To understand how nine-months-pregnant with delusion this claim truly is, one has to only reflect that the French Muslim population is forecasted by the Pew Research Centre to grow to 10% by 2030 from its present figure of 7.5%, and France will be the Western European state with the highest number of Muslims. The only country that surpasses it is Russia which, even as it borders autonomous Muslim states, is projected to see her share of Muslims rise to 14%.

This fetish for the breeding habits of immigrants is one that Harris cultivates with far-right nationalists like Robert Spencer and Daniel Pipes. He admits: “With a few exceptions, the only public figures who have had the courage to speak honestly about the threat that Islam now poses to European societies seem to be fascist.” (Letter To A Christian Nation, P. 85)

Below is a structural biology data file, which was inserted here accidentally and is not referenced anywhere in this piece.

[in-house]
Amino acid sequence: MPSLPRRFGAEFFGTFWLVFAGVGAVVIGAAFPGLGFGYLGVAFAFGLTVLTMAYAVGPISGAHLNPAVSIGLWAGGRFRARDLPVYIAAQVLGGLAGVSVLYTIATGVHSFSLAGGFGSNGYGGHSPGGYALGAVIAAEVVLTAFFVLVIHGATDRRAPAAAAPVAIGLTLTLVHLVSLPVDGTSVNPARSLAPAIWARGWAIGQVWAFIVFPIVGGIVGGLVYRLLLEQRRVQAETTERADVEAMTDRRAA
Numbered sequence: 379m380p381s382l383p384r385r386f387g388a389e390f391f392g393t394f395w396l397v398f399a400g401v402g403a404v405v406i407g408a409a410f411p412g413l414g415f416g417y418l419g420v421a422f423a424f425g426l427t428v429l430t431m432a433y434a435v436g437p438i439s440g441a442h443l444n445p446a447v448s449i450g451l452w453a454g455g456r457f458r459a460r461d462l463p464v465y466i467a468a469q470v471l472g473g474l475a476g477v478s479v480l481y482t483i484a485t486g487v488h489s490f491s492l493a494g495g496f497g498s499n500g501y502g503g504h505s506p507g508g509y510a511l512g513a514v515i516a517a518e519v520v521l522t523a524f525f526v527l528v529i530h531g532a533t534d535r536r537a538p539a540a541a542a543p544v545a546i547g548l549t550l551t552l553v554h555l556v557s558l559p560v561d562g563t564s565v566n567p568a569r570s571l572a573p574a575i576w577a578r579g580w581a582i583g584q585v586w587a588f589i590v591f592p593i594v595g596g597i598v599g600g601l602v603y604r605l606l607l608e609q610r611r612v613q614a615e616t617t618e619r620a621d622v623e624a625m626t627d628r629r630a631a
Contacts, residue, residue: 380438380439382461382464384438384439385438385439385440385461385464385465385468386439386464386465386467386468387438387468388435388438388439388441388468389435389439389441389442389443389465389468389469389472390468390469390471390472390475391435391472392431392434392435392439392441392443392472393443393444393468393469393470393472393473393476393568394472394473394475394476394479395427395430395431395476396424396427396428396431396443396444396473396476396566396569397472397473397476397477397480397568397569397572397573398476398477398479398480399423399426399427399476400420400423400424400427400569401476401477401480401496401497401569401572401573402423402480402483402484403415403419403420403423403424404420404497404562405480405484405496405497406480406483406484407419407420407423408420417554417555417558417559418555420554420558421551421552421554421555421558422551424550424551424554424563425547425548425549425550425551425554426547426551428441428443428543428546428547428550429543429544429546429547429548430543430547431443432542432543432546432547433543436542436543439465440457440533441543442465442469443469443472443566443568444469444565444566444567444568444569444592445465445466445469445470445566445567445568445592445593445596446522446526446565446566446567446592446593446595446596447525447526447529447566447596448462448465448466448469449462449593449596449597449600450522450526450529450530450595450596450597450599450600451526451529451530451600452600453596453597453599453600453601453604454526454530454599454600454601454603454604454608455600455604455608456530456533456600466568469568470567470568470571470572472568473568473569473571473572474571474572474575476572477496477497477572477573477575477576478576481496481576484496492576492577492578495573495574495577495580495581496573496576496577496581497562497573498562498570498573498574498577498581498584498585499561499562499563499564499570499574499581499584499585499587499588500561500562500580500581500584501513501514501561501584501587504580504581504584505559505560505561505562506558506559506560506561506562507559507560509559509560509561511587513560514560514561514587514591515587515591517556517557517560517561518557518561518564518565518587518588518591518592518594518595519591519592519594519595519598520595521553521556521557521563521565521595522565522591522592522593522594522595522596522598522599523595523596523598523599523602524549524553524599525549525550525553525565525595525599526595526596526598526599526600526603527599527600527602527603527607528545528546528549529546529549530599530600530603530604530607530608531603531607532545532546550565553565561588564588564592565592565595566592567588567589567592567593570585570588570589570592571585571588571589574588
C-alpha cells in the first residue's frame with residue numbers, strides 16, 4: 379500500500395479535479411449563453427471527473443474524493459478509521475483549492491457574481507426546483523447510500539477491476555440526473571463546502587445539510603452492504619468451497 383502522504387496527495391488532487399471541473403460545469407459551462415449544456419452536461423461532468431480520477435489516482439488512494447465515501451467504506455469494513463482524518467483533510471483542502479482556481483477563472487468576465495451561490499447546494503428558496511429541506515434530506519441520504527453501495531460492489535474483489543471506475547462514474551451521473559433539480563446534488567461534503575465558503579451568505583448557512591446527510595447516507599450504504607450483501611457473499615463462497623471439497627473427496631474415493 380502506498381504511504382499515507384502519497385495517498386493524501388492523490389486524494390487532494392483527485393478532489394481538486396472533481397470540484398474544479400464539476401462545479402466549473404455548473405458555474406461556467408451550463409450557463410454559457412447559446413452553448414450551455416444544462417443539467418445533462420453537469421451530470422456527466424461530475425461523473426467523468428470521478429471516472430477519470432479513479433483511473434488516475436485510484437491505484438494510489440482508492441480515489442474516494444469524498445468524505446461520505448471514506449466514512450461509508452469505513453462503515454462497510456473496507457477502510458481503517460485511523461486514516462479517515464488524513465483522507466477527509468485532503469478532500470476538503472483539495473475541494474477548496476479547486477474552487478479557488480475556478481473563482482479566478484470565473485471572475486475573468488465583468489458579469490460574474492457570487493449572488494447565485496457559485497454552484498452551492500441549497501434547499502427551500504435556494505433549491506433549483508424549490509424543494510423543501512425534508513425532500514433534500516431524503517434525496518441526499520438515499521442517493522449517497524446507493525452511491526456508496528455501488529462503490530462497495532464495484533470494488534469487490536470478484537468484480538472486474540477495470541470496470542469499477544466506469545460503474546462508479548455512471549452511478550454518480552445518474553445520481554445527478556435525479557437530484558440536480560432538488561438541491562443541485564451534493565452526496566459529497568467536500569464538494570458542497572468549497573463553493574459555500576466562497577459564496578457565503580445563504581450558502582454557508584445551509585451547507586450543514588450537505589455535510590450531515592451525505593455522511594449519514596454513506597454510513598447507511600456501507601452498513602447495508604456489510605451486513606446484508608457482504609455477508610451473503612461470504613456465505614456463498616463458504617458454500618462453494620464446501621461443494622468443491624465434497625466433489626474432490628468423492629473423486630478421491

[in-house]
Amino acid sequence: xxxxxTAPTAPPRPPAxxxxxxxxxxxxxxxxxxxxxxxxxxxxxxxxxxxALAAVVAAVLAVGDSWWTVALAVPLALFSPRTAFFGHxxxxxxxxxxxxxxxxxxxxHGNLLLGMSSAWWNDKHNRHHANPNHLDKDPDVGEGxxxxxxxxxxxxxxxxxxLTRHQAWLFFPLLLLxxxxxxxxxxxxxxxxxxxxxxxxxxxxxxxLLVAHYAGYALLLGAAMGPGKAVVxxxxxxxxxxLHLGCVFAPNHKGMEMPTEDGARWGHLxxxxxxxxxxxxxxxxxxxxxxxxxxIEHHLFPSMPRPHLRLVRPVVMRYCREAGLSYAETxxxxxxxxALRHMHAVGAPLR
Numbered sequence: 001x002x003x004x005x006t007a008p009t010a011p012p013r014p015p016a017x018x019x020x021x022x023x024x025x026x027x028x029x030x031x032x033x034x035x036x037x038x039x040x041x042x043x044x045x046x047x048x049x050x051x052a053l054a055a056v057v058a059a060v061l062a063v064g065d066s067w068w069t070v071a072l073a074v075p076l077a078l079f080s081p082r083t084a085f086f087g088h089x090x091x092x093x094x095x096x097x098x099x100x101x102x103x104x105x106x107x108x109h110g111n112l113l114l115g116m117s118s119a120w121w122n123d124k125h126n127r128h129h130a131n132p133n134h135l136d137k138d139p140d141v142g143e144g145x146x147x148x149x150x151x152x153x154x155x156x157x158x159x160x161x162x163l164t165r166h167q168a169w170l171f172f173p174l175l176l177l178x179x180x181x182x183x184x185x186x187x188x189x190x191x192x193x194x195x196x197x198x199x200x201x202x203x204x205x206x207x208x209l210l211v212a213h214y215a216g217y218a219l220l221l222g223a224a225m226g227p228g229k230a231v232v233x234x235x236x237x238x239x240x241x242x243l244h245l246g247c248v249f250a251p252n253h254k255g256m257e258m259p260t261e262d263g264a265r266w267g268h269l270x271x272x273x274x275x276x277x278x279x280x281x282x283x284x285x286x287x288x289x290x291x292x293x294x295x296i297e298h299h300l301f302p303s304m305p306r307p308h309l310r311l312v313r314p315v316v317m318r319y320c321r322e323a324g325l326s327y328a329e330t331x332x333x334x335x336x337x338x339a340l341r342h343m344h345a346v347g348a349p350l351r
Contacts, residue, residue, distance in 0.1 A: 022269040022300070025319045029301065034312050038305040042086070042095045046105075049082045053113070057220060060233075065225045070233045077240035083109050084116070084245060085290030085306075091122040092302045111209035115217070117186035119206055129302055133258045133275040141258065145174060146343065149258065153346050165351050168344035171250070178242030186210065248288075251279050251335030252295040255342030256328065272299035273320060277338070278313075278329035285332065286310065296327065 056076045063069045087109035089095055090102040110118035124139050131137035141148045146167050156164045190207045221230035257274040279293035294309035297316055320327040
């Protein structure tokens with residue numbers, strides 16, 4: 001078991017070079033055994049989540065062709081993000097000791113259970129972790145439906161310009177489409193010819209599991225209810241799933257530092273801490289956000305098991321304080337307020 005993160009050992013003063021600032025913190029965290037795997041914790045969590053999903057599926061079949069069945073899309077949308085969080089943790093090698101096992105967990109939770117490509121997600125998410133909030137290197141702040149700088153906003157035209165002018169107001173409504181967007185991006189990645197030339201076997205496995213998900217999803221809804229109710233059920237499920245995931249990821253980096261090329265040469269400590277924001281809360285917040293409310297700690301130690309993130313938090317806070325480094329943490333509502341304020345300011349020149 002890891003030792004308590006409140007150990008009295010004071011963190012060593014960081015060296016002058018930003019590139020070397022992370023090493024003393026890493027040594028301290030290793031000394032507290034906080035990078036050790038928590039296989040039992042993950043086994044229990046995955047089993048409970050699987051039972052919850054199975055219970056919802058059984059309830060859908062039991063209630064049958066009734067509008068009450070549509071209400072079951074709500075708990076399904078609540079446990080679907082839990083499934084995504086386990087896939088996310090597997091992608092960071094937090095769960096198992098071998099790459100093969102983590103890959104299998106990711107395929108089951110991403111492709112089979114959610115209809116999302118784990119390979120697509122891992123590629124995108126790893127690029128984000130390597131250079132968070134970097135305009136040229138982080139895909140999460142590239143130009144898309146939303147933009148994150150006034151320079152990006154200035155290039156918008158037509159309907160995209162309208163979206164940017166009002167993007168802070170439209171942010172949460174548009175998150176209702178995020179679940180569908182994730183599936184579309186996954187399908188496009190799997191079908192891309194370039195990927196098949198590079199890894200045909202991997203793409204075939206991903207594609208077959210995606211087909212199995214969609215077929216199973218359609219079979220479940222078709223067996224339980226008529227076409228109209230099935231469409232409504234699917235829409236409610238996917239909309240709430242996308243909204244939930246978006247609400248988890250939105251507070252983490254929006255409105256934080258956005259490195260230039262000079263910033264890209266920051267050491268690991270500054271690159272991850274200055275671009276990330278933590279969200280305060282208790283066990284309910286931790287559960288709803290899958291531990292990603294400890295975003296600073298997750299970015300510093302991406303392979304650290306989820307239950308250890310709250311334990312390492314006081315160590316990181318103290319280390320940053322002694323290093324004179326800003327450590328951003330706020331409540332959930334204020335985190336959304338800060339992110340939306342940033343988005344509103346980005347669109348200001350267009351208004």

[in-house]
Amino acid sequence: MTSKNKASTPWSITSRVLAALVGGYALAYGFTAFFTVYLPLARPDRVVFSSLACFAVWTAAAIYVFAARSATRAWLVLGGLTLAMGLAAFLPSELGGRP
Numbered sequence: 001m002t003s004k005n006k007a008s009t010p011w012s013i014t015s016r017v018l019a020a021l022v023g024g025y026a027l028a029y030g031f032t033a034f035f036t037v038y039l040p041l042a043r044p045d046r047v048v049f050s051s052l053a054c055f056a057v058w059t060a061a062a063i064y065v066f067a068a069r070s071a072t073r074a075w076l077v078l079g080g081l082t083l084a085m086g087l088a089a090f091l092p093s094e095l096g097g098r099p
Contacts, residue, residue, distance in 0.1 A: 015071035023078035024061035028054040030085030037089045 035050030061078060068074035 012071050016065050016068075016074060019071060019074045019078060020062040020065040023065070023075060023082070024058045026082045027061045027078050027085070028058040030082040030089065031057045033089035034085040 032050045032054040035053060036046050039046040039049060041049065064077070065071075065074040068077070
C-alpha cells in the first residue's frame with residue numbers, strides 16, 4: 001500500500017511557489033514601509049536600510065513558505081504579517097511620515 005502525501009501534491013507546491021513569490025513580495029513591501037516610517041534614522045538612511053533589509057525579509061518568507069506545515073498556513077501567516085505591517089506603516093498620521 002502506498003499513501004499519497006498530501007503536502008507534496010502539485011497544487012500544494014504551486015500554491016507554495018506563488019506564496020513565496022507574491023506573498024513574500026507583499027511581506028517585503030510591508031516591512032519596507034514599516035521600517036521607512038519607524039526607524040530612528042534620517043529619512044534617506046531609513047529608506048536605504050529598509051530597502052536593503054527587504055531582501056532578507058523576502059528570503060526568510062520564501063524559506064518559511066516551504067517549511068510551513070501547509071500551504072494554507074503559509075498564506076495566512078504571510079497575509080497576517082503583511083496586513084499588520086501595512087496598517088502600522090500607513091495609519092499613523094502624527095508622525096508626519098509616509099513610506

And then this:

It’s a forgivable indulgence to ascribe this military cowboyism of Harris to a misplaced idealism to bring democracy at the point of Hellfire missiles, but that would be to misread him. Gravely. The reason he presses for US interference in the region is that, like his deathly silence on the pro-democracy movements of the Arab Spring that have dynamited his notion that Muslims are hot for theocracy, he thinks only Western imposed dictators can lead Muslims to Enlightenment: